Apparently Dr. Robert Lustig is one of the last people around who is unaware that caffeine is already regulated. He uses it in an odd example in his crusade to regulate sugars more to his liking. While I was waiting for a magazine to approve or decline this article (they declined) I discovered that Jay Leno thinks caffeine is addictive. Also discovered that Adam Carolla, Dr. Drew, and Dr. Spaz brought some science to the discussion. Not Regulated Enough Already?
Unemployment Insurance (UI) is a payroll tax, pure and simple. Just like everything in this category, the people who pay the tax in the end receive very little value for what they pay and it does not even resemble any product that could legally be marketed as insurance by anybody outside of government. The typical American worker labors between 40 and 45 years, paying into this system the whole time, while his chances of receiving even half of what he paid are slim.
In case you have not heard, the LA police paid a visit to Justin Bieber's place recently. An interesting bit from the story: ""The purpose of the search warrant is to seek video surveillance or other possible evidence in the vandalism that occurred on January 9, 2014," the sheriff's statement said. Deputies seized video from computer hard drives on the "extensive" security monitoring system on Bieber's estate, Thompson said. Cameras capture just about any movement on the property, he said. Detectives will spend the next days scouring through the video for clues about who hurled eggs toward the neighboring mansion last week, Thompson said." For one thing, there is already video of Bieber throwing eggs (not the best cinematography out there). For another, there was a drug related arrest and the home video might serve to incriminate in all sorts of directions unrelated to the incident.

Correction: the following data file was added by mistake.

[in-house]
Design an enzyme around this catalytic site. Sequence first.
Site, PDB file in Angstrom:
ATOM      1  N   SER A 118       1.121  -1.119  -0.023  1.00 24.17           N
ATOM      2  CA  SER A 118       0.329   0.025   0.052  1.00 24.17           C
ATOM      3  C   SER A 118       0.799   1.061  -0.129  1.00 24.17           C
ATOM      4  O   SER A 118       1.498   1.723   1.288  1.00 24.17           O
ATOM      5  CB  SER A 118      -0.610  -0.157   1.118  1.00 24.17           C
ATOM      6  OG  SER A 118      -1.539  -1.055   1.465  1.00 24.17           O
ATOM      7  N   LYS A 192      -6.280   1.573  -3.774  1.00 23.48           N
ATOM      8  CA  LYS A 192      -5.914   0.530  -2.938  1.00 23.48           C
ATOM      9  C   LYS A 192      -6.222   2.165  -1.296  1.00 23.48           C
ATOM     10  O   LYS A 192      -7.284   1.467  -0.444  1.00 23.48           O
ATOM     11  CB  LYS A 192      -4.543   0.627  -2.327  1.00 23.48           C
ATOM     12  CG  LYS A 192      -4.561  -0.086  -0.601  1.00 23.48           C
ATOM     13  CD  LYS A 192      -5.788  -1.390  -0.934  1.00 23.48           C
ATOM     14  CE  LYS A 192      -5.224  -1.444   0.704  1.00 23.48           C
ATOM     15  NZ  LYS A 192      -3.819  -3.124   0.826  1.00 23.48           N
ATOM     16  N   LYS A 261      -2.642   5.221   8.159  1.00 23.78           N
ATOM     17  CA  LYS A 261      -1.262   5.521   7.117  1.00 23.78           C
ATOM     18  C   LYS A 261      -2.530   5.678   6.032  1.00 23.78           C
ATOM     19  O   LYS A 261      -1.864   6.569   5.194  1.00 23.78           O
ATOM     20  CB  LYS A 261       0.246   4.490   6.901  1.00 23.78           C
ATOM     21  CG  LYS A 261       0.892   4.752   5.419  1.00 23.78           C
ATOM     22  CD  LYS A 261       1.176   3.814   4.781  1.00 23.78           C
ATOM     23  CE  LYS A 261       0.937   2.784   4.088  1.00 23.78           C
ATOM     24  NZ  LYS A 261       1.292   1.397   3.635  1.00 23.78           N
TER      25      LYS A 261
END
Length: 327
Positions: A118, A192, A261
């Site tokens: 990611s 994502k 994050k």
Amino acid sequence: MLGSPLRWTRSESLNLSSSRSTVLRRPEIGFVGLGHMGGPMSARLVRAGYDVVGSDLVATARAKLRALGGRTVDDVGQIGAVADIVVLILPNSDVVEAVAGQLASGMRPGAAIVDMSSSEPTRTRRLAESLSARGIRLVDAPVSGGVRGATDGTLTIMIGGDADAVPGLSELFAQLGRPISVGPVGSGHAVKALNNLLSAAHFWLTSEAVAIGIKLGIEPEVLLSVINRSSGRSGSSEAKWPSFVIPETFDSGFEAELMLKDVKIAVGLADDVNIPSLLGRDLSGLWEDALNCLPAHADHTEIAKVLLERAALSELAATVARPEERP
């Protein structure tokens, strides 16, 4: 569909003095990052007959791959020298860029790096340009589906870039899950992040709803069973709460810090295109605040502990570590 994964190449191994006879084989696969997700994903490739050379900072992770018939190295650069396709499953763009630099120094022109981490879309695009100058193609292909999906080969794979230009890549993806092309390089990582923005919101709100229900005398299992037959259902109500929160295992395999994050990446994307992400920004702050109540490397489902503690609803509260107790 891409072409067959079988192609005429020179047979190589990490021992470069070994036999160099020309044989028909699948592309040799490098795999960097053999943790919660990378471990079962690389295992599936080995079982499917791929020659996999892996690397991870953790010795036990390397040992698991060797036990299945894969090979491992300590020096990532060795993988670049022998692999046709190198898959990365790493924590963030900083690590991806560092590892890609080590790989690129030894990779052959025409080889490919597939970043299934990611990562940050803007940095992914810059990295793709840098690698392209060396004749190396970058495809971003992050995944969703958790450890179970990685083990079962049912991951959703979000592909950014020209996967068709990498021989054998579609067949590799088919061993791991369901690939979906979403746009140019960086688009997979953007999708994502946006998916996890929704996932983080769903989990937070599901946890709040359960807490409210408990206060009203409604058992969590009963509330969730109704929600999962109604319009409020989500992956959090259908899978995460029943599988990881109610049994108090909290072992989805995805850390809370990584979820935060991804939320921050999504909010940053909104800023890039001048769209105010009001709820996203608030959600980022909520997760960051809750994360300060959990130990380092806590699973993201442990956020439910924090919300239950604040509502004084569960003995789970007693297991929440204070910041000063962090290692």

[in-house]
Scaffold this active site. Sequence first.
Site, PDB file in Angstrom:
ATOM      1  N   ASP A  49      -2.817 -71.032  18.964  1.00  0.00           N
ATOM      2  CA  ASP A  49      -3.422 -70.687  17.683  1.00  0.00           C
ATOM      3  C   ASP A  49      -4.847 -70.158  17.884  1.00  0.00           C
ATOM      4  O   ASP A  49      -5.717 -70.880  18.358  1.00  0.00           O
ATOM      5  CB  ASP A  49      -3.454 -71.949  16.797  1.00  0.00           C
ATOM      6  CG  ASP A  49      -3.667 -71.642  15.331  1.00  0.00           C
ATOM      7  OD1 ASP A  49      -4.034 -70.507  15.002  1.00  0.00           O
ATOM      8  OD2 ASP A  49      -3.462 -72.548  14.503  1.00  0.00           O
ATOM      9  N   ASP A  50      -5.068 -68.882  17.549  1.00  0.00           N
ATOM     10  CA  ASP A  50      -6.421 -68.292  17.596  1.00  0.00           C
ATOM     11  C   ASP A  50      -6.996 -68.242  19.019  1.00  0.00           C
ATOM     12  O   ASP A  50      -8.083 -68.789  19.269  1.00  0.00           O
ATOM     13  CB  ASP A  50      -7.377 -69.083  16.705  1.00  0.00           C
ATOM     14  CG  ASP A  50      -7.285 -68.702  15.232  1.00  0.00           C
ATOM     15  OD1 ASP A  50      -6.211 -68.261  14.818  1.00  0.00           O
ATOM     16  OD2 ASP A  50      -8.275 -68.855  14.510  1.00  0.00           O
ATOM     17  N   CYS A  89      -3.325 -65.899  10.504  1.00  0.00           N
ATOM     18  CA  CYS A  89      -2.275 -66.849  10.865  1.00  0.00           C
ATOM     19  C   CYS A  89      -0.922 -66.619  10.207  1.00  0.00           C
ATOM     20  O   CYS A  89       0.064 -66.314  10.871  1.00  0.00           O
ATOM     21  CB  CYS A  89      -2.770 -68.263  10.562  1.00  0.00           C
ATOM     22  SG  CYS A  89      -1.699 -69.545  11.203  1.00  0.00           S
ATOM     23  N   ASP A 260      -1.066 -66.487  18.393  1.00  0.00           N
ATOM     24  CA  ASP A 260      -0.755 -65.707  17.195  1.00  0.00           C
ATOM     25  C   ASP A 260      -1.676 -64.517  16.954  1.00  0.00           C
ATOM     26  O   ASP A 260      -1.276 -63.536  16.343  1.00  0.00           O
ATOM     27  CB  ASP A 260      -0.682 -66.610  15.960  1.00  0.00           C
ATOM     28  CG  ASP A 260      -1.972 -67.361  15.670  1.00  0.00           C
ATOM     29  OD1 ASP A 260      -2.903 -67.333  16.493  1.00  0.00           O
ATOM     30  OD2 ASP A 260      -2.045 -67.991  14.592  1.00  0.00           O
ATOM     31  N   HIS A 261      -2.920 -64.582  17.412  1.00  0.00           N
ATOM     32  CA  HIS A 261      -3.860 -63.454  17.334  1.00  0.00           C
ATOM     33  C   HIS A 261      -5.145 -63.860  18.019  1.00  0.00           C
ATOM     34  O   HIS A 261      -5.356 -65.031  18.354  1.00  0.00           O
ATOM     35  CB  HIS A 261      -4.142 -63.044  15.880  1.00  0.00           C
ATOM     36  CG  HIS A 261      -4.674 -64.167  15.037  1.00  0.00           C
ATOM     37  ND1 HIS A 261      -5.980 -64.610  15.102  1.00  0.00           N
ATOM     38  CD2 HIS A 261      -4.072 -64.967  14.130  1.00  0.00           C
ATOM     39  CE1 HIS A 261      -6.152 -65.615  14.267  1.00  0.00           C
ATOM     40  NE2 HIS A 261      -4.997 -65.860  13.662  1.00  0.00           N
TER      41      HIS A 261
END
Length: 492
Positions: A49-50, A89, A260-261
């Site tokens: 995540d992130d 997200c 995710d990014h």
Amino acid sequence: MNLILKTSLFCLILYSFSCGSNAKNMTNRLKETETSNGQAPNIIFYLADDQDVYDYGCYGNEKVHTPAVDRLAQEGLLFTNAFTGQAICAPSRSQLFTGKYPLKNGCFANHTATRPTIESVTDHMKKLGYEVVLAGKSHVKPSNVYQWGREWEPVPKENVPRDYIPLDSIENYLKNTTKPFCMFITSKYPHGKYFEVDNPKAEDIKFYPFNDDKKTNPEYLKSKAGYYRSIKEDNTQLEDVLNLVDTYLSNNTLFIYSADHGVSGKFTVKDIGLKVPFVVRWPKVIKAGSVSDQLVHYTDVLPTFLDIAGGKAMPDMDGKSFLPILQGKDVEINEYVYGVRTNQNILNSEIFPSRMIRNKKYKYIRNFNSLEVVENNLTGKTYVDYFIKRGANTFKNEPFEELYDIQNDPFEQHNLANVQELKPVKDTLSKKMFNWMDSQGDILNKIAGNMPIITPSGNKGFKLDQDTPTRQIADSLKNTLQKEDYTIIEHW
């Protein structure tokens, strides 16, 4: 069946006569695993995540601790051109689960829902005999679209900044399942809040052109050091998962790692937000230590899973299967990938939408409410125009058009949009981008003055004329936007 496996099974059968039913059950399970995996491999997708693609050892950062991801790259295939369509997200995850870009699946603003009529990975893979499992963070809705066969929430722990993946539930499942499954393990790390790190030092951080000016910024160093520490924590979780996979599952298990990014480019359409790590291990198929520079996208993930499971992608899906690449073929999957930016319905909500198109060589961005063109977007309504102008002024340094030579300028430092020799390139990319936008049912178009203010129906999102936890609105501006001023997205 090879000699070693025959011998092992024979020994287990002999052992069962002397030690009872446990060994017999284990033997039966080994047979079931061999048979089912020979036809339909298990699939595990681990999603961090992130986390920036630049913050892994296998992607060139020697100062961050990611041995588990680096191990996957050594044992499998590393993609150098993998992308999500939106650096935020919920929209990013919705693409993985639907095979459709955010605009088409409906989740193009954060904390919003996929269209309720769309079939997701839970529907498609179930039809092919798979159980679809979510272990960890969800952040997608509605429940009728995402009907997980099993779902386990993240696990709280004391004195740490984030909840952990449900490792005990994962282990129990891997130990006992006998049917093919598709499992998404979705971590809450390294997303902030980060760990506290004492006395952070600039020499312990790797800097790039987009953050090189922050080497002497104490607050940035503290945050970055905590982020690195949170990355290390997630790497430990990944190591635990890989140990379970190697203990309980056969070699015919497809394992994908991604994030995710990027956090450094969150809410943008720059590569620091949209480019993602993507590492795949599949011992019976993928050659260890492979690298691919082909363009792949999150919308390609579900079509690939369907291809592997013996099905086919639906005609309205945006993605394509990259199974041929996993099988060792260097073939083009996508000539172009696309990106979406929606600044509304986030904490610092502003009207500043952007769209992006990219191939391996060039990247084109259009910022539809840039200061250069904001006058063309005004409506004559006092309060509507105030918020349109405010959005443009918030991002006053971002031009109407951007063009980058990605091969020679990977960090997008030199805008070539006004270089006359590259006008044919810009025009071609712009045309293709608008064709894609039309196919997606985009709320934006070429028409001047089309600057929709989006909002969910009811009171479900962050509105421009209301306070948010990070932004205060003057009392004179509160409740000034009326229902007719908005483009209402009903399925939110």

In this week's Jerry Seinfeld adventure, Jerry and Patton Oswalt discuss how one might kill Superman while Jerry's borrowed 1981 DeLorean DMC 12 is attended to by the on-call mechanics who have to follow those cars around.
Patton's first acting role was in the Seinfeld episode "The Couch," Season 6, Episode 5 which originally aired on October 27, 1994.